Date: 2011 – present
Over the last four decades, information technology has begun to transform the electoral process—perhaps the most foundational process upon which democratic societies are built. Computers are gradually replacing manual parts of the democratic process by, for example, tallying results in Excel spreadsheets, predicting exit polls, or by computing seat assignments to parties in parliament (since 1962 in Denmark). With every such transformation, the overall process becomes more efficient, informative, and economical. However, there is a risk of the process becoming less trustworthy. The deployed technology tends to be complex and therefore prone to programming error and vulnerable to malicious attacks. These problems have an adverse effect on the very foundations of democracy. Voters are less likely to trust the electoral process, which inevitably leads to lower voter participation and cynicism.
The hypothesis of this research project is the following: It is possible to modernize the electoral process while balancing the trust of the people on the trustworthiness of the deployed technology. In order to provide evidence in support of this hypothesis, we propose first to design a rigorous software engineering principle, which we call trust by design that reproduces the trust-instilling elements of the conventional process in an electronic infrastructure. Second, we develop electronic election technology based on the trust by design principle. Third, the municipalities of Frederiksberg and Aarhus, will help us evaluate the technology empirically in order to analyze the social, political and cultural implications inherent in digitally transforming the democratic process. The results of this project will provide KL and other decision makers important and invaluable insights into how to modernize the democratic process without jeopardizing the fundamental principles upon which democracies rest.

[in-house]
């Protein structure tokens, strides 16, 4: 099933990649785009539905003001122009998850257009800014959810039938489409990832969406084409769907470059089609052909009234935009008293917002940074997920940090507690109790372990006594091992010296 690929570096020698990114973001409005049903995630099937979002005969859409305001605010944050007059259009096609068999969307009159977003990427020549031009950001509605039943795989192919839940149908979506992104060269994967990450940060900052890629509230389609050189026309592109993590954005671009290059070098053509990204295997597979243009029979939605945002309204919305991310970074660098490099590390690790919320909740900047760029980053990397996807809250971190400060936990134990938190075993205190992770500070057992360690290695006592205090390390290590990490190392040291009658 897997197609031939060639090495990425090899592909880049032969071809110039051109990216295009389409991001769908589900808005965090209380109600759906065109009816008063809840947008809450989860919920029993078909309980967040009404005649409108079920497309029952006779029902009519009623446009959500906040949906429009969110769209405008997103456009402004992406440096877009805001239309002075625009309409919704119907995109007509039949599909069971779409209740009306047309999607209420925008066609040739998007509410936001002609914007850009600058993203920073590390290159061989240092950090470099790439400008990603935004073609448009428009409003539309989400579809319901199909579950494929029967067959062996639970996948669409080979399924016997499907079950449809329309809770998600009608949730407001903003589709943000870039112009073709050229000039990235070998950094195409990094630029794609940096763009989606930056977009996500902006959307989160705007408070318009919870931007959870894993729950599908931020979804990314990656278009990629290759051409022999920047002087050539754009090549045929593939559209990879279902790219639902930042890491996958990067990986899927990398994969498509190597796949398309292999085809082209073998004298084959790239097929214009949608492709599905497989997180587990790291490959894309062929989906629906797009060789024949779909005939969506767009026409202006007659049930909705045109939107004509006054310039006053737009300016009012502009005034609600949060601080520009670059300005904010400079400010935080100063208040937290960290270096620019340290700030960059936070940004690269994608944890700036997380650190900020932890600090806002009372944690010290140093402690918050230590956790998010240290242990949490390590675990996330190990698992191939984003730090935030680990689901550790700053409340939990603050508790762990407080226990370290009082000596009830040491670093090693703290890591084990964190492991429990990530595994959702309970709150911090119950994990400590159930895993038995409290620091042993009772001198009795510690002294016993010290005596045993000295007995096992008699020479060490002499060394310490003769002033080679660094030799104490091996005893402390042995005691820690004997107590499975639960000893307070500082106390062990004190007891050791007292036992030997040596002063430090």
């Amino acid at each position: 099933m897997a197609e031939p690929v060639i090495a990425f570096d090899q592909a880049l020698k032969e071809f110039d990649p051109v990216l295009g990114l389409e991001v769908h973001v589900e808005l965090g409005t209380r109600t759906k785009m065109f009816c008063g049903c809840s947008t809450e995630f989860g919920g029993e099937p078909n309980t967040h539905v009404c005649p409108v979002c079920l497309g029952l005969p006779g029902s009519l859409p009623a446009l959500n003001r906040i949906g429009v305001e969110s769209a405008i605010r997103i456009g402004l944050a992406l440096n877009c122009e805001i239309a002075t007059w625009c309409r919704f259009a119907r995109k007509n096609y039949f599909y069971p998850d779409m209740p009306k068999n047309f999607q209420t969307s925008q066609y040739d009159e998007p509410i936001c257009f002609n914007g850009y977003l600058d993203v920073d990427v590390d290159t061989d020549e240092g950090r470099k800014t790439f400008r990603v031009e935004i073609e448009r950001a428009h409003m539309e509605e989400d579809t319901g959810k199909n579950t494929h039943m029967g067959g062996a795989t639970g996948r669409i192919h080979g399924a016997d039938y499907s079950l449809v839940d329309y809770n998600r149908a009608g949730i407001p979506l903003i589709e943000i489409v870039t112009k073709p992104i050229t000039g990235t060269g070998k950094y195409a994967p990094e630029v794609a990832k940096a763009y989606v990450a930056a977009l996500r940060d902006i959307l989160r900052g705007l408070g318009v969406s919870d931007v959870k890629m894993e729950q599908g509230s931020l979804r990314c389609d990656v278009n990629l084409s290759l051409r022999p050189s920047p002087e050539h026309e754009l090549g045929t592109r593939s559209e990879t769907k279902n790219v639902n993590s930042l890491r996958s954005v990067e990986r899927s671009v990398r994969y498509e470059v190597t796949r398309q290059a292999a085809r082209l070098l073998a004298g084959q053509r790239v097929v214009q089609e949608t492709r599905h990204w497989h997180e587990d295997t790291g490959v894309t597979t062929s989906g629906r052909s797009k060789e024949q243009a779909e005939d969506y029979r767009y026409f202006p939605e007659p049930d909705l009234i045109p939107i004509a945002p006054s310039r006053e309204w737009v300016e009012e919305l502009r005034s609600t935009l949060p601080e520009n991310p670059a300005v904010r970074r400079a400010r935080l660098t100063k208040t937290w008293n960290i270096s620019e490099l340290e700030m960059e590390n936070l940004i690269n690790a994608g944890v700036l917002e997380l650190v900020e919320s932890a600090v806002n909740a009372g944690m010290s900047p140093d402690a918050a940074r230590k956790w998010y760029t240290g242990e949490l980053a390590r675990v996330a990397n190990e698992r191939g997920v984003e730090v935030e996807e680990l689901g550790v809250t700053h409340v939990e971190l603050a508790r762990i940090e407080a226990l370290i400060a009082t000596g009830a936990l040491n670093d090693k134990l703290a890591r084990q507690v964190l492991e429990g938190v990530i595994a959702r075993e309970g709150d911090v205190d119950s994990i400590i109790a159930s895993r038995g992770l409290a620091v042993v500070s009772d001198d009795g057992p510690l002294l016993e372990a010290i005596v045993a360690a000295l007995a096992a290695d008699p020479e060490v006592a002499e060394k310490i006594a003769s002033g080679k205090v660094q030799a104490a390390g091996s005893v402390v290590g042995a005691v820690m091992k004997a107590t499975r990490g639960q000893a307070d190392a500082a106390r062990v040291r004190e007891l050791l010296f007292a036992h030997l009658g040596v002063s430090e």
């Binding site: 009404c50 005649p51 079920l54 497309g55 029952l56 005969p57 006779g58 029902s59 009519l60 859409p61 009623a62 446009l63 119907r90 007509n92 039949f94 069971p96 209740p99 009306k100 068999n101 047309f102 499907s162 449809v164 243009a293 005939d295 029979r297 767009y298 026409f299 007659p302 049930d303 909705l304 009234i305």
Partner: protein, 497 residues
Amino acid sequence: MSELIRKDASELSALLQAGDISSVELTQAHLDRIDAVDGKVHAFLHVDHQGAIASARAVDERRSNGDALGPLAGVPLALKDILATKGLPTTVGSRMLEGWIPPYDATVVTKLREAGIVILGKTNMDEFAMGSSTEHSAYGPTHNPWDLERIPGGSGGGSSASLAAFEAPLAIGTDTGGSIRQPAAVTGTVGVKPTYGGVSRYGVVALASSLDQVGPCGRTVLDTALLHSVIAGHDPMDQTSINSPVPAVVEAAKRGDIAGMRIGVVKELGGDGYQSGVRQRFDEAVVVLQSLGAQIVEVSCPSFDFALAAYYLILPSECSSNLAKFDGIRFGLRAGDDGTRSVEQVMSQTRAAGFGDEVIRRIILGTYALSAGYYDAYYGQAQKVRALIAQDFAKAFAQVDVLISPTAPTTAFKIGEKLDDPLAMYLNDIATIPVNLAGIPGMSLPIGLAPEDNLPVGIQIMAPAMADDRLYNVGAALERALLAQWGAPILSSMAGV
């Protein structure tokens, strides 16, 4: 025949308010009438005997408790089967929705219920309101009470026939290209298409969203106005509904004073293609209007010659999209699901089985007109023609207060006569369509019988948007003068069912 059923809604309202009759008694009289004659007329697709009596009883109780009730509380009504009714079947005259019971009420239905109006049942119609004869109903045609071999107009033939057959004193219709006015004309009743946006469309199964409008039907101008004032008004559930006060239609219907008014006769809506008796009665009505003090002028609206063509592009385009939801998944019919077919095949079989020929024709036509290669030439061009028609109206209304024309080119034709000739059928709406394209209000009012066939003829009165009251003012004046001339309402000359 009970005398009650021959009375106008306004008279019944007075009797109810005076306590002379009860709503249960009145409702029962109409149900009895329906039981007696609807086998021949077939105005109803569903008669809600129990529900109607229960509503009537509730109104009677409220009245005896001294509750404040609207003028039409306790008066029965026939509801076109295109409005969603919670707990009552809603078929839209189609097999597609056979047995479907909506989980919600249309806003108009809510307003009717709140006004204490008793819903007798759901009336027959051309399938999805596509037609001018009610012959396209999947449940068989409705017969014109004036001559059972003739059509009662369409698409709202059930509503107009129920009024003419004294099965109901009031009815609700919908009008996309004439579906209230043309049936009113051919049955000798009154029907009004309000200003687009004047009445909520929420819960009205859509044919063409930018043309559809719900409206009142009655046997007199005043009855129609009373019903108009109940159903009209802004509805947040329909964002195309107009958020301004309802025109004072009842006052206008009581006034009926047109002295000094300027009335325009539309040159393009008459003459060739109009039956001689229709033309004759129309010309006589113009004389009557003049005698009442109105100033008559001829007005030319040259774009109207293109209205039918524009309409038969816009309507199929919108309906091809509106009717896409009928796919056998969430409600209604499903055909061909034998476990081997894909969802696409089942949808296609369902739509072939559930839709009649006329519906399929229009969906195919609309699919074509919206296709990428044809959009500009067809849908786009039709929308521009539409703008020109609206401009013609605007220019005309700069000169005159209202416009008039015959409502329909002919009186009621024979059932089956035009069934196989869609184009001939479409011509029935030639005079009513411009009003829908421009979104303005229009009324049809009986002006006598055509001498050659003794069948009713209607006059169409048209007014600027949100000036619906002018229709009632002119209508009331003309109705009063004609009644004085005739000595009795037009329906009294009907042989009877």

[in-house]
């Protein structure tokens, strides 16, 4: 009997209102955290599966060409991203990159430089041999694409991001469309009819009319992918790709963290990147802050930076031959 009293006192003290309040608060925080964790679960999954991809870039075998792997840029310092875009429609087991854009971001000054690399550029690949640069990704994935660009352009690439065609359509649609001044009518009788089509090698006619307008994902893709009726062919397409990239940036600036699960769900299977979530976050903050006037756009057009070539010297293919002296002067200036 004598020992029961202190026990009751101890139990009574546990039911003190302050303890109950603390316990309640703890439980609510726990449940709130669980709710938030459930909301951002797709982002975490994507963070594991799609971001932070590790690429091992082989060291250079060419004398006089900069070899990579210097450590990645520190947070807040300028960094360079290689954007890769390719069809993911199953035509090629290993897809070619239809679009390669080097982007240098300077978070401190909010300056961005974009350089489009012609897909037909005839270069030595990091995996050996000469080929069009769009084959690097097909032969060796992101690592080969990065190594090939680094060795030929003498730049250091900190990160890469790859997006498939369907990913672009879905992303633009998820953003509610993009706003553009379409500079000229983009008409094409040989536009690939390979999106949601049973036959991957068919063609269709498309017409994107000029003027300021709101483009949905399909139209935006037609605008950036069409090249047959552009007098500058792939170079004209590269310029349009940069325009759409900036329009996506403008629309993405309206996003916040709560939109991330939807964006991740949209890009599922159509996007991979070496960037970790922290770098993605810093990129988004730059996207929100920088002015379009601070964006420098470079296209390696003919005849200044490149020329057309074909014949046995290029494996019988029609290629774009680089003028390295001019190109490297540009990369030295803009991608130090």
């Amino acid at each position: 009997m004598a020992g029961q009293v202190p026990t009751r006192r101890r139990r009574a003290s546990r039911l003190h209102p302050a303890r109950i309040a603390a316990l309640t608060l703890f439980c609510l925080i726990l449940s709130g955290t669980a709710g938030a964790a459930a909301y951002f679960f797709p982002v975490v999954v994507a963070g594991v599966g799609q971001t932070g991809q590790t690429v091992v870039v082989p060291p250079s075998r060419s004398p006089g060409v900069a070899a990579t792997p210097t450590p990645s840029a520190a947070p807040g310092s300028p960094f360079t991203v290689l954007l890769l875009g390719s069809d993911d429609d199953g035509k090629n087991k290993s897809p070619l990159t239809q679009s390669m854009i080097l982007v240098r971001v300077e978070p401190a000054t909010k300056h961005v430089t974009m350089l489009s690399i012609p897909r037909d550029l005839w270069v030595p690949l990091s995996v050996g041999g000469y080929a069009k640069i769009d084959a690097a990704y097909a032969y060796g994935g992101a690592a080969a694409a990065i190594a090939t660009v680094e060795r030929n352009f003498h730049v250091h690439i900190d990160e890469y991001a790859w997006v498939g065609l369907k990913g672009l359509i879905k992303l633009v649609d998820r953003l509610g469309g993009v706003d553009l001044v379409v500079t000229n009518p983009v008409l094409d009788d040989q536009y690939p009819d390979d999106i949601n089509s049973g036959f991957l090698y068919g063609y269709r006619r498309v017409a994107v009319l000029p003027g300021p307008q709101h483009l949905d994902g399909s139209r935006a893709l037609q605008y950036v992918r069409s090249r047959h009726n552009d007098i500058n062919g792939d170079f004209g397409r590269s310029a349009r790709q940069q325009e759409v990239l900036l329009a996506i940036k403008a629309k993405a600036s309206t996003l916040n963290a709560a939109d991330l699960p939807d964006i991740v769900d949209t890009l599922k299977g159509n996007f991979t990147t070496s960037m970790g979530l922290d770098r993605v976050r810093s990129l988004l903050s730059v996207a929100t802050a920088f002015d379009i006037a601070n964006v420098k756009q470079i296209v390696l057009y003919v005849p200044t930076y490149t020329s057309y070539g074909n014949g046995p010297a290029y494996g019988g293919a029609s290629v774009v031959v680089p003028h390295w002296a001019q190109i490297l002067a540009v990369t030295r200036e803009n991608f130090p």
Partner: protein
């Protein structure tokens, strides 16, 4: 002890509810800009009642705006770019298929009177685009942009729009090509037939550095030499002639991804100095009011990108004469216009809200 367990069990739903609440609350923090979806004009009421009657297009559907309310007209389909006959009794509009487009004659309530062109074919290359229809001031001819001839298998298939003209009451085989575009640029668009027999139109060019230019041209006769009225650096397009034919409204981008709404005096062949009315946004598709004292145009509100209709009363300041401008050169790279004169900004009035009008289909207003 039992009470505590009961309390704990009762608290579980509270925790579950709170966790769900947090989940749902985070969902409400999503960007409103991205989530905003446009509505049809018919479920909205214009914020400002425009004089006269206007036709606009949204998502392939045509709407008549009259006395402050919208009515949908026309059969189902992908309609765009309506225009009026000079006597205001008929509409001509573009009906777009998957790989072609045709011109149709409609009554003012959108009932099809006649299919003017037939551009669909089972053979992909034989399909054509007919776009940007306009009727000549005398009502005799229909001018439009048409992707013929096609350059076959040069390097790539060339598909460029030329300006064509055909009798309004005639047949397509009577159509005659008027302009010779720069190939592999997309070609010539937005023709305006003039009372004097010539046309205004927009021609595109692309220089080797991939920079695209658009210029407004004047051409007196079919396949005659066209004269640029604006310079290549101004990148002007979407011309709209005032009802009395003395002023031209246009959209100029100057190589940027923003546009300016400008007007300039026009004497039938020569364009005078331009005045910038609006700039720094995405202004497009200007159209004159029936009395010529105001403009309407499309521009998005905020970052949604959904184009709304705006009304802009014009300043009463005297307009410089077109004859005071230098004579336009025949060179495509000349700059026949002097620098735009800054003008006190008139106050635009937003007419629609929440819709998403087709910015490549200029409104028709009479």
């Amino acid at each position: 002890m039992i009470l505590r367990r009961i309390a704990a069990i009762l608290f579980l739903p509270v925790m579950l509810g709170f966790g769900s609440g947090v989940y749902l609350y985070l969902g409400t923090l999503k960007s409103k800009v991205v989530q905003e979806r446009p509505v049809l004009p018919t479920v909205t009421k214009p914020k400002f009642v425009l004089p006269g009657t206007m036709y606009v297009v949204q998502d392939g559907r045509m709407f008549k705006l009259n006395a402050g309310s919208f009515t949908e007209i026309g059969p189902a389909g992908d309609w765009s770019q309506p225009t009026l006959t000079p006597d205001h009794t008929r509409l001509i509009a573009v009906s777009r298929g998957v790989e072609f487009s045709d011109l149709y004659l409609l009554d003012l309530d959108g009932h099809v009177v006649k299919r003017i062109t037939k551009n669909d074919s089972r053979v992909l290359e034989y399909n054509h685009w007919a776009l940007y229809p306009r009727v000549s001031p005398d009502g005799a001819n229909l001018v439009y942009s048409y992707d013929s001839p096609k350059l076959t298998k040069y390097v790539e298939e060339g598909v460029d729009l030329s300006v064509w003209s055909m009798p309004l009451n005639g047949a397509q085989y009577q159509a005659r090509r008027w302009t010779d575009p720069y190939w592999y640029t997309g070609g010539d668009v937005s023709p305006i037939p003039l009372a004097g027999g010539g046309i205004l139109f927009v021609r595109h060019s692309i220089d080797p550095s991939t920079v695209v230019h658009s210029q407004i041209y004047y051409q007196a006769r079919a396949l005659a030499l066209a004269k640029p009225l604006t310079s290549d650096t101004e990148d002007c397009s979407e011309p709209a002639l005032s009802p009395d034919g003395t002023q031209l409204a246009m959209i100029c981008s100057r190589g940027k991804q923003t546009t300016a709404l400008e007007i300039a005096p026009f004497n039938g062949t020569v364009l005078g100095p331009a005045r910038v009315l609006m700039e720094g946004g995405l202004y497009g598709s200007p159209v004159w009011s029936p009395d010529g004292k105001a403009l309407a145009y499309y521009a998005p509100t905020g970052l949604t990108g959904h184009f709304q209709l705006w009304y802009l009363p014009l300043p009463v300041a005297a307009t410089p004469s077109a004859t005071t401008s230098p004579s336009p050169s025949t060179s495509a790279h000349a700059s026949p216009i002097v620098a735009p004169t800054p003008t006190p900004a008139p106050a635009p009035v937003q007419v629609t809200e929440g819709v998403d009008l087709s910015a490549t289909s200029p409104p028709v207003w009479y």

For more information, visit the project’s website: http://www.demtech.dk/